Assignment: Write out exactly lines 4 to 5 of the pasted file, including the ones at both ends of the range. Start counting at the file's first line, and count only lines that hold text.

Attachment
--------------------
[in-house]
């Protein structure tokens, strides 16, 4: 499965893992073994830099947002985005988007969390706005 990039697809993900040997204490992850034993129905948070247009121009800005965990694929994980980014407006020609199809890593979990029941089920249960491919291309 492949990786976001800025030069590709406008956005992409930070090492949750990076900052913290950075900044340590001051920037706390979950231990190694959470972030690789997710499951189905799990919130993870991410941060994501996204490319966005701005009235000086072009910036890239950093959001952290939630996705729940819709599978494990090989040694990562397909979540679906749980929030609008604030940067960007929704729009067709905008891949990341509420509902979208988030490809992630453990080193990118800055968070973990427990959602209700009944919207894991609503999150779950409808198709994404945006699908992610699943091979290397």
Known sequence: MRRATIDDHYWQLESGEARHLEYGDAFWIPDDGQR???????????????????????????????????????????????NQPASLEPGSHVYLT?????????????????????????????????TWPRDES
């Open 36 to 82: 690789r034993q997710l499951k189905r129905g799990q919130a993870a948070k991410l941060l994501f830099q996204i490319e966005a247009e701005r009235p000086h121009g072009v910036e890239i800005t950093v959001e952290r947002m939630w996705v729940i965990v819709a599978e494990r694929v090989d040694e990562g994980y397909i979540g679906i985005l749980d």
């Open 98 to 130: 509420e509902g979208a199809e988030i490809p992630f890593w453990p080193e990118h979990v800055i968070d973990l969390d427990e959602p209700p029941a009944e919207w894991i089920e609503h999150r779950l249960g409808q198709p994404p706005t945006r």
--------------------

């Open 36 to 82: 690789r034993q997710l499951k189905r129905g799990q919130a993870a948070k991410l941060l994501f830099q996204i490319e966005a247009e701005r009235p000086h121009g072009v910036e890239i800005t950093v959001e952290r947002m939630w996705v729940i965990v819709a599978e494990r694929v090989d040694e990562g994980y397909i979540g679906i985005l749980d």
């Open 98 to 130: 509420e509902g979208a199809e988030i490809p992630f890593w453990p080193e990118h979990v800055i968070d973990l969390d427990e959602p209700p029941a009944e919207w894991i089920e609503h999150r779950l249960g409808q198709p994404p706005t945006r």